IDPH Guidances Relating to the COVID-19 Outbreak
How to leave COVID-19 behind when you come home
The Centers for Disease Control and Prevention (CDC) states COVID-19 is typically transmitted through respiratory droplets. Providing patient care during the COVID-19 pandemic means you and your family are at risk for exposure. The ideas or recommendations below, are compiled from CDC guidance and describe how to limit the risk to your family as you return home at the end of your workday.
Contact tracing is critical to keeping Illinois healthy and slowing the spread of COVID-19.
Contact tracing provides support that helps protect people and reduce the spread of COVID-19. Trained public health workers are there to answer questions, alleviate concerns, and provide resources to ensure Illinoisans who test positive are safe and taken care of. They also serve as a lifeline to those who may have been exposed by providing helpful information that can protect them and those they care about. By working together, we can make a difference. If you receive a call from IL COVID HELP, answering could save lives.
What is contact tracing?
Contact tracing is a long-established, proven health practice that has helped save countless lives. Public health workers reach out to people who tested positive and their close contacts to provide health guidance, answer questions, and offer support. It helps protect you and those closest to you.
This guidance is intended to provide hospitals and ambulatory surgical treatment centers (ASTCs) with a general framework for performing COVID-19 testing prior to non-emergent surgeries and procedures (collectively referred to as “procedures”) and is aligned with guidance from the Centers for Disease Control and Prevention (CDC), American College of Surgeons, American Society of Anesthesiologists, and the Anesthesia Patient Safety Foundation.
Provisional Emergency Medical Services (EMS) Certificates are NOT an Illinois Department of Public Health IDPH) state license. This is only an EMS system approval recognized by the state.
Who is eligible for a Provisional EMS Certificate?
EMS personnel whose licenses have been expired for less than 60 months as of March 23, 20200 and based on the EMS medical director’s recommendation.
The outbreak of COVID-19 and subsequent school building closures for the 2019-20 school year have created questions related to graduation ceremonies.
The COVID-19 vaccine is a critical tool to safely reach the other side of this pandemic. Through efficient and effective distribution of the vaccine, we can suppress the spread of the virus, save as many lives as possible, and rebuild our economy. Illinois will only distribute a vaccine that is deemed safe. As we move through phases of vaccine distribution, the administration will ensure it reaches Illinoisans as quickly as possible using an equity-centric approach as we have done throughout the COVID-19 pandemic. As we move forward, it is critical that Illinoisans continue to follow public health recommendations to suppress the spread of the virus until vaccines are ready for widespread distribution.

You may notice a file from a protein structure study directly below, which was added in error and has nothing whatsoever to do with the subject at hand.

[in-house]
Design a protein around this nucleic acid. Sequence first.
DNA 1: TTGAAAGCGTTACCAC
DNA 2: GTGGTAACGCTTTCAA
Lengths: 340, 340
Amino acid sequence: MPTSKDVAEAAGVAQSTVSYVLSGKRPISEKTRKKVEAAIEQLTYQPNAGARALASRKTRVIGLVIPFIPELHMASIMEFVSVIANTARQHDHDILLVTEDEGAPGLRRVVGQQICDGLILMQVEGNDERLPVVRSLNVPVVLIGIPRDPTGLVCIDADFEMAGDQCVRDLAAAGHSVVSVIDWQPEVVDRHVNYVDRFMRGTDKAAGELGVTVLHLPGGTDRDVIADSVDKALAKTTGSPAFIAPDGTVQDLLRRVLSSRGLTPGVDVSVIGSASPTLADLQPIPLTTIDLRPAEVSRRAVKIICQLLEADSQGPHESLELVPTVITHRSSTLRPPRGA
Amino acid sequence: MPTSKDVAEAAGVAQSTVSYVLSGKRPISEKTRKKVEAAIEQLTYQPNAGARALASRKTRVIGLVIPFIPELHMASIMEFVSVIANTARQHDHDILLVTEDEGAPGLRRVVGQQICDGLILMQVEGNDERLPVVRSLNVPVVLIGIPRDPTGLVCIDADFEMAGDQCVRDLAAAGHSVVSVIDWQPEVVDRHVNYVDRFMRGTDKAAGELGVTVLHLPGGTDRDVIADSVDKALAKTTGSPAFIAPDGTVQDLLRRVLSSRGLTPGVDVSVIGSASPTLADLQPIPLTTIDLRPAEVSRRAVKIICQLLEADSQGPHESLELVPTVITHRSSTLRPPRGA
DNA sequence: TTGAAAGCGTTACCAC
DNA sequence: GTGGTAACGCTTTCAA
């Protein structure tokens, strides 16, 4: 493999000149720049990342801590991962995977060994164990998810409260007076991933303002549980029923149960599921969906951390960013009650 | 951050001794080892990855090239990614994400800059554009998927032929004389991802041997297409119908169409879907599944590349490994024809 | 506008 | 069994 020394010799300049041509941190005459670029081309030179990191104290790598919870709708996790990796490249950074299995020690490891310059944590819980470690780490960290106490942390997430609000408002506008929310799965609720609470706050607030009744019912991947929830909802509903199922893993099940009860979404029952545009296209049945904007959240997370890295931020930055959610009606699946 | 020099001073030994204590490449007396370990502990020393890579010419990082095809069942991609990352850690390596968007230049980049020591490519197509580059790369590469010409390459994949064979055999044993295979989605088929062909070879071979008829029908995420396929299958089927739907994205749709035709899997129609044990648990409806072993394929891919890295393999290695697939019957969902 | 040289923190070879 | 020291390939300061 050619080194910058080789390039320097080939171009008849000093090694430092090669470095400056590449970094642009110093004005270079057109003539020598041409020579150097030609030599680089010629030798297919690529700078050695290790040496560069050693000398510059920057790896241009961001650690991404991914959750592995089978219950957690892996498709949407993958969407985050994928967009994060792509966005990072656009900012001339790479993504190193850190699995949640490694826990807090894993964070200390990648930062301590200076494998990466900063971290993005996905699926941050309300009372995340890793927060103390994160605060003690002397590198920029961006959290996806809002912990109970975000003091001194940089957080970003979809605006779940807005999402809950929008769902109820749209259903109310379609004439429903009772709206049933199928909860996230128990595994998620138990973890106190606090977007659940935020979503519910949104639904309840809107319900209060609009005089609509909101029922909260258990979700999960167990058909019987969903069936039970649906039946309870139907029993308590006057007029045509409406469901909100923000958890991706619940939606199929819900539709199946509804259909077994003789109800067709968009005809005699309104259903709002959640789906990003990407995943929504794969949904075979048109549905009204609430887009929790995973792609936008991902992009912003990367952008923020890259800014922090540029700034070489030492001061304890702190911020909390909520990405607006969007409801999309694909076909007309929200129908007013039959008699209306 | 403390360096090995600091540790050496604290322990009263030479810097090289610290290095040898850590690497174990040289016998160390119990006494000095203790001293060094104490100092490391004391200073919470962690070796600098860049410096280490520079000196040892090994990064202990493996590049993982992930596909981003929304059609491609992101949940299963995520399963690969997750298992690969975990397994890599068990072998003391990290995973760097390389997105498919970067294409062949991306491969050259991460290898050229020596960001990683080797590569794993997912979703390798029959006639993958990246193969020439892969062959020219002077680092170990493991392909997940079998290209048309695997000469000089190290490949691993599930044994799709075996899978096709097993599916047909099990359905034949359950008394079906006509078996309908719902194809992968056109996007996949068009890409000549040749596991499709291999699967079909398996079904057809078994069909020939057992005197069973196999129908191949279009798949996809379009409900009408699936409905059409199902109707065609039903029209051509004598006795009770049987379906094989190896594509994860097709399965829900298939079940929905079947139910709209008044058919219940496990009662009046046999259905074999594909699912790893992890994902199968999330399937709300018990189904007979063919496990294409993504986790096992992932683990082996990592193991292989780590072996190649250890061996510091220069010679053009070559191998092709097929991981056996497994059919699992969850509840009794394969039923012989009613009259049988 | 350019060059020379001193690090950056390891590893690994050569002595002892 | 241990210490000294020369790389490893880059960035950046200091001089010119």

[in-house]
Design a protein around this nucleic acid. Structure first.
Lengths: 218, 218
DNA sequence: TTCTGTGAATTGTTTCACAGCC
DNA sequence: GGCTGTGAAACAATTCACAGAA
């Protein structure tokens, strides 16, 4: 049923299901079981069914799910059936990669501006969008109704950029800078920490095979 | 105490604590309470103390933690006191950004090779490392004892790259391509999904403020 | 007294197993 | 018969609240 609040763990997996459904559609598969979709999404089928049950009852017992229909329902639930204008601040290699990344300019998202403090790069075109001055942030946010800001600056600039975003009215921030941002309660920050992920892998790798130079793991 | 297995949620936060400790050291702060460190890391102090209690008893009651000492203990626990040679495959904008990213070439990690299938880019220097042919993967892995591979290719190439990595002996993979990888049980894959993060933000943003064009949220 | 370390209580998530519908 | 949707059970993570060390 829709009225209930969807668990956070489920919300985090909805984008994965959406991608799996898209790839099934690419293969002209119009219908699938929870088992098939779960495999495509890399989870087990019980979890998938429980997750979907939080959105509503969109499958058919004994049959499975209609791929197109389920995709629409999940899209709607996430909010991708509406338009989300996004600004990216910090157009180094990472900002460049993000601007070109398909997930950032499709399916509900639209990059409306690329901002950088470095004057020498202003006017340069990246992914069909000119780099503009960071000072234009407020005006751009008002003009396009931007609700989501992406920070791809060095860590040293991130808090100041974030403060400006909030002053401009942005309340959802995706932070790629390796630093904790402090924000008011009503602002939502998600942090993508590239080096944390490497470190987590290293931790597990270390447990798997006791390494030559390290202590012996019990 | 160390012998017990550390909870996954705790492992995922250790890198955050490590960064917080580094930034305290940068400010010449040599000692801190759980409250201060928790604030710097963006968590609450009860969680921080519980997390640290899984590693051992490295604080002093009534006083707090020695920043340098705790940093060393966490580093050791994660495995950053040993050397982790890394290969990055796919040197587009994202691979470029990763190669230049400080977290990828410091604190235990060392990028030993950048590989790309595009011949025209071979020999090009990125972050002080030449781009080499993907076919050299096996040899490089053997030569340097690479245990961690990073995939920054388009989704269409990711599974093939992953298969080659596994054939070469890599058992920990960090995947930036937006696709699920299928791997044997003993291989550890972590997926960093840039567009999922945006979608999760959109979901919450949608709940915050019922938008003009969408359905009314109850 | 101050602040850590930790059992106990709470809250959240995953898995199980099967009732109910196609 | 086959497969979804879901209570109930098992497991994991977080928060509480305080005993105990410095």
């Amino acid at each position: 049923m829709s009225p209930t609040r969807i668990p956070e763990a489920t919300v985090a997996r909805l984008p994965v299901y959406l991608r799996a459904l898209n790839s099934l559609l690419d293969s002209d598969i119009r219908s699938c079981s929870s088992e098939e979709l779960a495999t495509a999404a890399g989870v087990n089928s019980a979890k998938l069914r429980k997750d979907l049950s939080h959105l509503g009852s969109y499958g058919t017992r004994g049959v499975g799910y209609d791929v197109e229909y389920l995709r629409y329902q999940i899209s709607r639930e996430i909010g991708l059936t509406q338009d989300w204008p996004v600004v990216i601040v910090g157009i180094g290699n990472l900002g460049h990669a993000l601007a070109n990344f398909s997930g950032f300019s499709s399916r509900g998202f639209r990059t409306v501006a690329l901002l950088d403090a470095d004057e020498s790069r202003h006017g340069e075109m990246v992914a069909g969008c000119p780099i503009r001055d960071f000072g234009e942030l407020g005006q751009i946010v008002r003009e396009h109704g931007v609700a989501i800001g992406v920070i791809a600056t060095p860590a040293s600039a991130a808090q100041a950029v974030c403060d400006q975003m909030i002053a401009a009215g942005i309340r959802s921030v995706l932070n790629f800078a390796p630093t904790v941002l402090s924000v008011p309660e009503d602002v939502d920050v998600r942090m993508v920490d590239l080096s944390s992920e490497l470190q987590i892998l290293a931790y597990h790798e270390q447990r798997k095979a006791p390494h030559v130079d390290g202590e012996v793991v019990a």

On March 9, Governor Pritzker declared all counties in Illinois a disaster area in response to the COVID-19 pandemic. Executive Order 2020-10 called for the suspension of all licensed day care centers, day care homes, and group day care homes in order to protect the health and safety of children and staff. On March 20, 2020, the Department of Children and Family Services (DCFS) began issuing Emergency Day Care (EDC) Licenses to ensure licensed child care was available to children and families of essential workers, with an emphasis on those in health care, public health, human services, law enforcement, public safety, and first responder fields. On May 29, 2020, the Governor announced Restore Illinois, a comprehensive phased plan to safely reopen the State’s economy, get people back to work, and ease social restrictions. Child care is a critical component of getting Illinois back to work.
Convalescent Plasma for the Treatment of COVID-19 and Donation of Convalescent Plasma
Use of convalescent plasma to treat COVID-19 patients
People who have recovered from COVID-19 have antibodies – proteins the body uses to fight off infections – to the disease in their blood. Doctors call this convalescent plasma. COVID-19 convalescent plasma has not yet been approved for use by the Food and Drug Administration (FDA) and is regulated as an investigational product. A study by Mayo Clinic researchers of 20,000 hospitalized patients transfused with investigational convalescent plasma published in June 2020 concluded there was “robust evidence” it was safe and supported earlier administration of plasma within the clinical course of COVID-19 was “more likely to reduce mortality.” The following pathways are available for the use of COVID-19 convalescent plasma:
Sexual Assault and Domestic Violence Medical Emergency Services Managed in Hospital Emergency Departments During COVID-19 Pandemic
Illinois hospitals work closely with Illinois Coalition Against Sexual Assault (ICASA) rape crisis centers across the state to provide trauma-informed care and treatment for sexual assault survivors pursuant to the Sexual Assault Survivors Emergency Treatment Act (SASETA), 410 ILCCS 70. Hospitals also play an integral part in delivering treatment and care for domestic violence survivors. In order to reassure survivors that hospital emergency departments (EDs) are safe, equipped, and ready to provide treatment for sexual assault and domestic violence during the COVID-19 outbreak, the Illinois Department of Public Health, in consultation with ICASA, the Illinois Health and Hospital Association, and the Illinois Coalition Against Domestic Violence, offers the following guidance.